The brain remembers this, and so we enter the chronic pain pattern.

Can you tell us an anecdote on this subject?

I had a patient in my practice who came to see me, and she explained that when she hears that her neck cracks, she automatically starts having a migraine within an hour or two, and these migraines make her suffer enormously.

I keep this in the back of my mind, thinking: oh my! Cracking, migraine, it's not normal for her to feel like that.

I ask her to come and try a little rotation, flexion and extension.

At that point, she looked at me in panic and said: "It's cracked, I'm going to have a migraine!" I told her straight out: "NO, that's FALSE!

So once I'd told her it wasn't true, I had to explain why it wasn't true.

I spent about 15 minutes really talking to her, because there was no way the two of them could be connected.

She had a false belief that: When I hear my neck crack, I automatically have a migraine.

I explained to her that the two had to be dissociated. I did what we call therapeutic education.

And after that session, she came back for the next one and I asked her: So how did it go after my session?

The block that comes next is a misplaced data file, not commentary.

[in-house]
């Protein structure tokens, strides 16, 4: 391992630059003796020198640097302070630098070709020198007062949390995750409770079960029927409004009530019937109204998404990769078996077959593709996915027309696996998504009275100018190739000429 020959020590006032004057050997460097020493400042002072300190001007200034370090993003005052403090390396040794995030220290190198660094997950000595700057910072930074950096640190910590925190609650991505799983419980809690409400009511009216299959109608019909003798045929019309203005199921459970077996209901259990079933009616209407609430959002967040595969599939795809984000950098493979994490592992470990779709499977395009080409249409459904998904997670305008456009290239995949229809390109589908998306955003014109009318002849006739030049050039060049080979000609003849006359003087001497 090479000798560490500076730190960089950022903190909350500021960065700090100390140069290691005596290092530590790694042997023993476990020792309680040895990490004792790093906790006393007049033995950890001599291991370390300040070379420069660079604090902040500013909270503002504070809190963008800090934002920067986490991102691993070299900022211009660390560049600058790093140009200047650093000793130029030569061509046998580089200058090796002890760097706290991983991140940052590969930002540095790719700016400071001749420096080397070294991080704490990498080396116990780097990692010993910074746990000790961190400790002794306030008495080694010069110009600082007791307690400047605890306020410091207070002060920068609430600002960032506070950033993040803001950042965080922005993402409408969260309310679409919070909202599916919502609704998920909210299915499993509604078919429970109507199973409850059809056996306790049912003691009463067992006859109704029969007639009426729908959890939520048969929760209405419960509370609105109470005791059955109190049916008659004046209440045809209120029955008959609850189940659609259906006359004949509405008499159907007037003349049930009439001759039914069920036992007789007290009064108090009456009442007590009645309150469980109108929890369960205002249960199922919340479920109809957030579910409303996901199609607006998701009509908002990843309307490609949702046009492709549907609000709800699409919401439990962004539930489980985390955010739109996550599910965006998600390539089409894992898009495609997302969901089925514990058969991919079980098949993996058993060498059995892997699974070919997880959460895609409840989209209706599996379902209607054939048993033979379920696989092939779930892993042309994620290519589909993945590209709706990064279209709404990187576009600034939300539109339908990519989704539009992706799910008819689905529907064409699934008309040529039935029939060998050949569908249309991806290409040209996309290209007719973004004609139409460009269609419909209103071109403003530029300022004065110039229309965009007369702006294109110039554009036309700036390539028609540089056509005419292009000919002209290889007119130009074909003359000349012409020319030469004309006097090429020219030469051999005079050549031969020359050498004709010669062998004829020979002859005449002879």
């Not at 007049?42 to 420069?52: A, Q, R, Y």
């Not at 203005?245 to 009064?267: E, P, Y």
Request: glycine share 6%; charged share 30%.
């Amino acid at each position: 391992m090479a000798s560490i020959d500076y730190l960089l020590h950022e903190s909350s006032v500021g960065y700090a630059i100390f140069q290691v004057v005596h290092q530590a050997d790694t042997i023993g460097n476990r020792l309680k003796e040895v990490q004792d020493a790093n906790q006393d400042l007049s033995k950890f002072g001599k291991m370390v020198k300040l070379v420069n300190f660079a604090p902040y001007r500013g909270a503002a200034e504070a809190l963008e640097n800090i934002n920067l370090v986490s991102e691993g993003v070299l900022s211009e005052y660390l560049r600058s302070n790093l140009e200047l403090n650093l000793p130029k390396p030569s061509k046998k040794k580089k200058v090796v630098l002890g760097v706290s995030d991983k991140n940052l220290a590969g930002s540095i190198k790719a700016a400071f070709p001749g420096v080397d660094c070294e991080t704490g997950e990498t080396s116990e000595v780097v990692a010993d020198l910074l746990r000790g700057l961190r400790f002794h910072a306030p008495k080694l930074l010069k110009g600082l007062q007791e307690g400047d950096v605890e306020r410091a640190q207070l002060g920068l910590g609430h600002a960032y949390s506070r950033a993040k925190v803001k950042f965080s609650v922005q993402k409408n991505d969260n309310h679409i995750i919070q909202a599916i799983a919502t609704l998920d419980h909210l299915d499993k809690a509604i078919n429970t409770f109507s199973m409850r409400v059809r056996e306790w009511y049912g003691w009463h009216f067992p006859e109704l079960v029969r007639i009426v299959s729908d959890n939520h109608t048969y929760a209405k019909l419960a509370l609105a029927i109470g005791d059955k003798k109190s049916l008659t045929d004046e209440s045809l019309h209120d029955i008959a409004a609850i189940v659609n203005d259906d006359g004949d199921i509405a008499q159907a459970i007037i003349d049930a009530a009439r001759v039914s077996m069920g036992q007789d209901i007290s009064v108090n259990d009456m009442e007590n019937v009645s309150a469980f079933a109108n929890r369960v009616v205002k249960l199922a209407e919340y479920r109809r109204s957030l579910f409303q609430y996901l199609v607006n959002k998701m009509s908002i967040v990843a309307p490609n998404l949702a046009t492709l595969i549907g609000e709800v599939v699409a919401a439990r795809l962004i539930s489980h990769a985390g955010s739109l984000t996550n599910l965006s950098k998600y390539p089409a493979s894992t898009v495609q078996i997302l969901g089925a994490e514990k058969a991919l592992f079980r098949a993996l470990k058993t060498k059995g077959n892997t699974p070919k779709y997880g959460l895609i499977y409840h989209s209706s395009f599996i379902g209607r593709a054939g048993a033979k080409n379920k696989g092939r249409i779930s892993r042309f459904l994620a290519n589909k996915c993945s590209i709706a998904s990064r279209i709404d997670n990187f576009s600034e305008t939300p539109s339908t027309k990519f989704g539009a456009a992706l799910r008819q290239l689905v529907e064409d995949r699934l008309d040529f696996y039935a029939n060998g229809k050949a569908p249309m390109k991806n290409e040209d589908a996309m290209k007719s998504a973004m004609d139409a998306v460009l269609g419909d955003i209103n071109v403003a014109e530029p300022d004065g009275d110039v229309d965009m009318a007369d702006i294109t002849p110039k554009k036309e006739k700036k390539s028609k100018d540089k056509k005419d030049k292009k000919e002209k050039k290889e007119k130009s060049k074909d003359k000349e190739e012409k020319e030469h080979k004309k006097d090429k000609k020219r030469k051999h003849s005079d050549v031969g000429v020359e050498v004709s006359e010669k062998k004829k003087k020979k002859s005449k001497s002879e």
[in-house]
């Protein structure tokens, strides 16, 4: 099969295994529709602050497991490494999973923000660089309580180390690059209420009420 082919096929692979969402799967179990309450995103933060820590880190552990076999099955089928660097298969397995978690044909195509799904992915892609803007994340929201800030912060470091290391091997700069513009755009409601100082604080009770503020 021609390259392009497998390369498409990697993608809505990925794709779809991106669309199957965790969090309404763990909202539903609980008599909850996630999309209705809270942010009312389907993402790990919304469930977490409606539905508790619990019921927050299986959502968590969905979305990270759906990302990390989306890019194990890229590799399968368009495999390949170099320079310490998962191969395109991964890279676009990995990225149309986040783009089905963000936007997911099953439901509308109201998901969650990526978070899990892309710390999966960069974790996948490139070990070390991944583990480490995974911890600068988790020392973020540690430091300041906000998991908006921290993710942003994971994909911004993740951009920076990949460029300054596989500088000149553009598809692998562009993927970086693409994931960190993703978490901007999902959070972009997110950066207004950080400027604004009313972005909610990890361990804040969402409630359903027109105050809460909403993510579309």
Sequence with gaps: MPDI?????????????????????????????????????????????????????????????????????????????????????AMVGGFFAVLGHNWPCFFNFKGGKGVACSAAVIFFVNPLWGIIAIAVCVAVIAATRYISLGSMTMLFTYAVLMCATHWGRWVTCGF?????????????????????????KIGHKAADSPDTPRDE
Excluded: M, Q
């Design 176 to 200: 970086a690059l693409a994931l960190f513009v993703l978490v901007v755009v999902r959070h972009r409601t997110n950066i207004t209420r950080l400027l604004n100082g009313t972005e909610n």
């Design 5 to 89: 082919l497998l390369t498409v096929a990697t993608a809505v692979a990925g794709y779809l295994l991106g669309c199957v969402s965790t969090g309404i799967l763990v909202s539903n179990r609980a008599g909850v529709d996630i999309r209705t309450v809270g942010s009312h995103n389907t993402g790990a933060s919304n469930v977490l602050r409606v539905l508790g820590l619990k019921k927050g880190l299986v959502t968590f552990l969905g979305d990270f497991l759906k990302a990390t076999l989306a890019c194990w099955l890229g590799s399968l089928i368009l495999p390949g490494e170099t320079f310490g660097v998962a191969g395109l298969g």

And she looked at me and said: I've never had another migraine since that session!

And she had them every day, at least when her neck cracked.

It just goes to show the extent to which the brain can believe certain things, and when we succeed in deconstructing these false beliefs, we break the vicious circle of pain.

What are the methods for deprogramming a brain responsible for chronic pain?

What I can tell you is that when we succeed in putting the patient in the situation that frightens him, in the very situation of false beliefs, we succeed in making him feel safe next to a therapist who knows his stuff.

By doing this movement: let's imagine that it hurts when I bend forward, we'll get the patient to do it in complete safety, so that the brain understands that there's no need to send a painful impulse. The tissues are fine, the back is fine, the movement doesn't hurt, and that's how we can reteach the brain that movements are good for the body and that there's no pain to send at that moment.